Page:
A new paper published in the open-access journal PLoS Medicine finds that people with diabetes mellitus are at increased risk of developing active tuberculosis (TB). Diabetes mellitus is characterized by abnormally high blood sugar level due to insufficient amounts of the insulin hormone, and TB is an infectious disease that usually attacks the lungs.
This conclusion comes from a meta-analysis conducted by Christie Jeon and Megan Murray of the Harvard School of Public Health. The researchers identified 13 studies from the last 40 years that contained enough data to assess the relationship between diabetes and TB. These studies consisted of over 1.7 million participants who had 17,698 cases of TB. The aggregated data revealed a three-fold increase in risk of active TB for patients with diabetes.
According to the authors, a risk increase of this magnitude could mean that diabetes is a factor driving over 10% of TB cases in India and China. Replication of these findings in other countries would provide public health professionals with a reason to place some focus on diabetes sufferer when identifying and treating latent (asymptomatic) TB. TB kills about 1.6 million people every year, a number that may decrease if diagnosis and treatment of diabetes can interrupt TB as well.
“Our findings suggest that TB controls programs should consider targeting patients with diabetes for interventions such as active case finding and the treatment of latent TB and, conversely, that efforts to diagnose, detect, and treat DM [diabetes mellitus[ may have a beneficial impact on TB control. We also recommend further studies investigating how TB risk varies by type, duration, and severity of DM, for a more thorough understanding of the association that could be translated to a clear public health message,” conclude the authors.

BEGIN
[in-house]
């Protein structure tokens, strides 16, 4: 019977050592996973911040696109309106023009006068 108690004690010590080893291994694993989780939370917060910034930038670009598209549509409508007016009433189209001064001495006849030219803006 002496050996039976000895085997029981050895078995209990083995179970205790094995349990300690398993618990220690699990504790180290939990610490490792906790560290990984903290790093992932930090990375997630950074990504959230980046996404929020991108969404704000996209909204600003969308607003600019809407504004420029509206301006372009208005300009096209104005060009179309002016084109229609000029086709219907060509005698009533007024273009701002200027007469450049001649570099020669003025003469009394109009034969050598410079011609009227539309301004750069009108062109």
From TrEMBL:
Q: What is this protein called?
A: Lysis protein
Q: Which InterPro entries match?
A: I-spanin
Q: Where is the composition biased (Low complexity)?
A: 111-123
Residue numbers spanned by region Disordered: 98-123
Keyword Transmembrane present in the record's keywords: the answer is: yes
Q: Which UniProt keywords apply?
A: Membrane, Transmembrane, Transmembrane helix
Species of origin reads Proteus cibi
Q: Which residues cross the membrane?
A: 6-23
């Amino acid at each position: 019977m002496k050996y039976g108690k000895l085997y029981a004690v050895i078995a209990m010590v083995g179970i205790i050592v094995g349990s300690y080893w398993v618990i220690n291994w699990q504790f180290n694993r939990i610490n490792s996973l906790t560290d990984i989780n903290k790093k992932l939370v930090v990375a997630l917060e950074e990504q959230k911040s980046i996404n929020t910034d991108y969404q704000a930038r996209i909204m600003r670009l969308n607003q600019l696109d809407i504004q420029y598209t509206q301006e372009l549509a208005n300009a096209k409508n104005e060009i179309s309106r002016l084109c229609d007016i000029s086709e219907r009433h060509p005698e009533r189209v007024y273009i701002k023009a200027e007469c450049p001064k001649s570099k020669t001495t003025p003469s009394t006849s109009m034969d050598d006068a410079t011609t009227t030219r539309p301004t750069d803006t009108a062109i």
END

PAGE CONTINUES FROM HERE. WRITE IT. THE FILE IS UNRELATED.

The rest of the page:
Diabetes mellitus increases the risk of active tuberculosis: A systematic review of 13 observational studies
Jeon CY, Murray MB.
PLoS Medicine (2008). 5(7): e152.
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About PLoS Medicine
PLoS Medicine is an open access, freely available international medical journal. It publishes original research that enhances our understanding of human health and disease, together with commentary and analysis of important global health issues. For more information, visit http://www.plosmedicine.org
About the Public Library of Science
The Public Library of Science (PLoS) is a non-profit organization of scientists and physicians committed to making the world’s scientific and medical literature a freely available public resource. For more information, visit http://www.plos.org
Written by: Peter M Crosta